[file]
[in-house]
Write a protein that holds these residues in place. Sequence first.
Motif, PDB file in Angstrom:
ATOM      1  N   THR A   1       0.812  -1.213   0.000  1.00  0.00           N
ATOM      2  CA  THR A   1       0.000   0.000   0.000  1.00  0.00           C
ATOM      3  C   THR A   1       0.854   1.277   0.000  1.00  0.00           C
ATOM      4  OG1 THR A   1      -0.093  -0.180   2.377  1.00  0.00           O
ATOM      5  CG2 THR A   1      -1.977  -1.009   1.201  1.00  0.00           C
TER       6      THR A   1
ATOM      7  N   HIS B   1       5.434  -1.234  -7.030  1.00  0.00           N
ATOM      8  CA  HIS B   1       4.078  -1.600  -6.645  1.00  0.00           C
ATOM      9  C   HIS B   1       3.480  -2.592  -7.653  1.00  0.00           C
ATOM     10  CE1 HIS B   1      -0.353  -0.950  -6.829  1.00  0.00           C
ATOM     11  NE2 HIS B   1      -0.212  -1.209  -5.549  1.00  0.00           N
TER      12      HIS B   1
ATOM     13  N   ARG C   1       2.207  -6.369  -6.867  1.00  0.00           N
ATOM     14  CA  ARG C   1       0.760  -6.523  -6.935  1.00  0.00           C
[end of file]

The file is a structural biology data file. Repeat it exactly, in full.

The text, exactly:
[in-house]
Write a protein that holds these residues in place. Sequence first.
Motif, PDB file in Angstrom:
ATOM      1  N   THR A   1       0.812  -1.213   0.000  1.00  0.00           N
ATOM      2  CA  THR A   1       0.000   0.000   0.000  1.00  0.00           C
ATOM      3  C   THR A   1       0.854   1.277   0.000  1.00  0.00           C
ATOM      4  OG1 THR A   1      -0.093  -0.180   2.377  1.00  0.00           O
ATOM      5  CG2 THR A   1      -1.977  -1.009   1.201  1.00  0.00           C
TER       6      THR A   1
ATOM      7  N   HIS B   1       5.434  -1.234  -7.030  1.00  0.00           N
ATOM      8  CA  HIS B   1       4.078  -1.600  -6.645  1.00  0.00           C
ATOM      9  C   HIS B   1       3.480  -2.592  -7.653  1.00  0.00           C
ATOM     10  CE1 HIS B   1      -0.353  -0.950  -6.829  1.00  0.00           C
ATOM     11  NE2 HIS B   1      -0.212  -1.209  -5.549  1.00  0.00           N
TER      12      HIS B   1
ATOM     13  N   ARG C   1       2.207  -6.369  -6.867  1.00  0.00           N
ATOM     14  CA  ARG C   1       0.760  -6.523  -6.935  1.00  0.00           C